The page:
2014 Celebration Breakfast
October 28, 2014
7:30 AM - 9:15 AM
Tickets start at $250
Thank you so much to everyone who joined us for a very special Celebration Breakfast!
Keynote Speaker: Nicholas D. Kristof, New York Times Columnist and Author
Vanguard Award: LeVar Burton and Mark Wolfe, Co-Founders, RRKidz/Reading Rainbow
Eleanor Roosevelt Award: Lois Q. Whitman, Children’s Rights Advocate
Samuel P. Peabody Award: Campaign for Children
Master of Ceremonies: Juju Chang
Honorary Chair: Katherine S. Lobach, M.D.
Co-Chairs: Marilyn Lubell, Mahsa Pelosky, Nancy Solomon, Heidi Stamas
HONOREES AND SPEAKERS
Nicholas D. Kristof
New York Times Columnist and Author
Nicholas Kristof is a two time Pulitzer Prize winning author and columnist for the New York Times. Not only do Mr. Kristof’s New York Times op-ed columns regularly shine a spotlight on the needs of the most vulnerable children globally, nationally and in New York City but his new book, A Path Appears: Transforming Lives, Creating Opportunity, is a unique and essential narrative about making a difference in the world and becoming a conscientious global citizen. Soon to be the basis of a PBS documentary, A Path Appears is a deep examination of people who are making the world a better place, (on issues ranging from early education to inner-city violence to disease prevention) and the myriad ways we can support them, whether with a donation, an inkling to help or a useful skill to deploy.
LeVar Burton and Mark Wolfe
Co-Founders of RRKidz/Reading Rainbow
Reading Rainbow was originally an Emmy-winning TV series hosted by LeVar Burton that encouraged children to read and ran on PBS from 1983 to 2006. After ending its TV run, LeVar Burton and Mark Wolfe founded RRKidz and in 2012 reinvented Reading Rainbow for a new generation of children as an iPad app, which quickly became the #1 educational app on iTunes and by 2014 surpassed 16 million books read.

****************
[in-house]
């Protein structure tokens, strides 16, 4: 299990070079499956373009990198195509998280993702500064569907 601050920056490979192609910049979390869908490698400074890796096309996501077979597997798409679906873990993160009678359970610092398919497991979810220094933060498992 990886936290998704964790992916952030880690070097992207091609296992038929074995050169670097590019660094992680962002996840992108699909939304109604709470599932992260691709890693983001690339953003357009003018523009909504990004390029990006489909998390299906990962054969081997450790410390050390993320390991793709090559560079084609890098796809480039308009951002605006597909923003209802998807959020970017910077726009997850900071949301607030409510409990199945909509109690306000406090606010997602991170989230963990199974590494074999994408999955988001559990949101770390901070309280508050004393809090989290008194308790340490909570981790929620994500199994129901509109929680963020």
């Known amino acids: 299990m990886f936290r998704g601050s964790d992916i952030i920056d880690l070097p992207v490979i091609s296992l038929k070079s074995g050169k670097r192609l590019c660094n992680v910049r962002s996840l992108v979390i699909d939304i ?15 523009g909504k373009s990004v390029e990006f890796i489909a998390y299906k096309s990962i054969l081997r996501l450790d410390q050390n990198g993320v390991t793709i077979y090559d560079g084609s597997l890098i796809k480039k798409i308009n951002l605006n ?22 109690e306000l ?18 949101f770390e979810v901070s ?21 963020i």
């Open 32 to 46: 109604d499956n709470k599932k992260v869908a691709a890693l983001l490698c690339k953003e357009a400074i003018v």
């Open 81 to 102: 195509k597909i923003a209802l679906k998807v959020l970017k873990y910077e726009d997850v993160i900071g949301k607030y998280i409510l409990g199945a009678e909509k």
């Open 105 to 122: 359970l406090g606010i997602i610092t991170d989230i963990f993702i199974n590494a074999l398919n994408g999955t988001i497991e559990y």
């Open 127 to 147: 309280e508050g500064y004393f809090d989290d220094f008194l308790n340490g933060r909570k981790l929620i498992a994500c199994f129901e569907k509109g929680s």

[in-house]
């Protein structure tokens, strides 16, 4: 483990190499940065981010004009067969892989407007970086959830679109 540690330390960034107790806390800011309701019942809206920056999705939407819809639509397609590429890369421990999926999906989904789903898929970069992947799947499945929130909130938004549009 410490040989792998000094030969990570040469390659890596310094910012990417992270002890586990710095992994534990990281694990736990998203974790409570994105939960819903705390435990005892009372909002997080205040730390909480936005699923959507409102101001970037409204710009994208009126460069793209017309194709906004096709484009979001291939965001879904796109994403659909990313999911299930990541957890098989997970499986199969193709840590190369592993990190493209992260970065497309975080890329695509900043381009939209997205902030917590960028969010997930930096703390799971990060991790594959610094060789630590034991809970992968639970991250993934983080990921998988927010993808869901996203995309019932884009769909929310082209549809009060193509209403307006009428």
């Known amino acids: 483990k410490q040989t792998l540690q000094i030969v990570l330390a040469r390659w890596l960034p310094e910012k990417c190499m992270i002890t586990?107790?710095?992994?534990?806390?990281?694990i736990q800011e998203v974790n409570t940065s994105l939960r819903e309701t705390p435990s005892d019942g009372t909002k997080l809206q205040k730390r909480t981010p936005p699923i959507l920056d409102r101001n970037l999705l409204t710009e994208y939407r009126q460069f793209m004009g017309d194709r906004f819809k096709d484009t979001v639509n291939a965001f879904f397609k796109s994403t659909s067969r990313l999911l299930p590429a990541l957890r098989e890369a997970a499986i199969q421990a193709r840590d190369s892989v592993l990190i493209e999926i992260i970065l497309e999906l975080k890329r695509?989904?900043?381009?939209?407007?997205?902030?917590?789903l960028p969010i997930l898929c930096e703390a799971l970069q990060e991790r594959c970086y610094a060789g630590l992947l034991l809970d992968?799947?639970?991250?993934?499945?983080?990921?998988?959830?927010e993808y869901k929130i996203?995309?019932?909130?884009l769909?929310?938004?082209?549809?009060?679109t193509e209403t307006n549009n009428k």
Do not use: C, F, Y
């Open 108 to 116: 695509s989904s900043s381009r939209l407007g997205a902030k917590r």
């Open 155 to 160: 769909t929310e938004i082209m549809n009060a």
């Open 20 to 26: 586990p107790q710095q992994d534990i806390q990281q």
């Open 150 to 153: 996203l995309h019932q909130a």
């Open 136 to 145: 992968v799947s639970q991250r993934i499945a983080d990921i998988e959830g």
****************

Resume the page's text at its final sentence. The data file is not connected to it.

Not content to stop there, Burton and Wolfe wanted Reading Rainbow to reach “all children everywhere” and in 2014 launched a fundraising campaign through the Kickstarter crowdfunding platform to make Reading Rainbow available on the web, and through Android, game consoles, smartphones, other streaming devices, and in classrooms. The effort met its $1 million goal in just eleven hours and by the end of the 35-day campaign, exceeded $5 million, becoming the most popular Kickstarter campaign ever with 105,857 backers. Among other initiatives, the $5 million raised will enable RRKidz to bring Reading Rainbow, free of charge, to over 13,000 classrooms in low-income communities.
LeVar Burton is a Co-Founder and Curator-in-Chief of RRKidz/Reading Rainbow. He is also an actor, known for the landmark TV mini-series Roots, Star Trek: The Next Generation, and for hosting Reading Rainbow. He has won 12 Emmy Awards, a Grammy and 5 NAACP awards. Mark Wolfe is a Co-Founder and CEO of RRKidz/Reading Rainbow. In over 27 years in Hollywood, he has produced or overseen production of over $1 billion in movie projects, including The Way Back, Terminator 3 and 4, I Heart Huckabees, Elizabeth, Fargo, Four Weddings and a Funeral, and The Usual Suspects, among others.
Eleanor Roosevelt Award
Lois Q. Whitman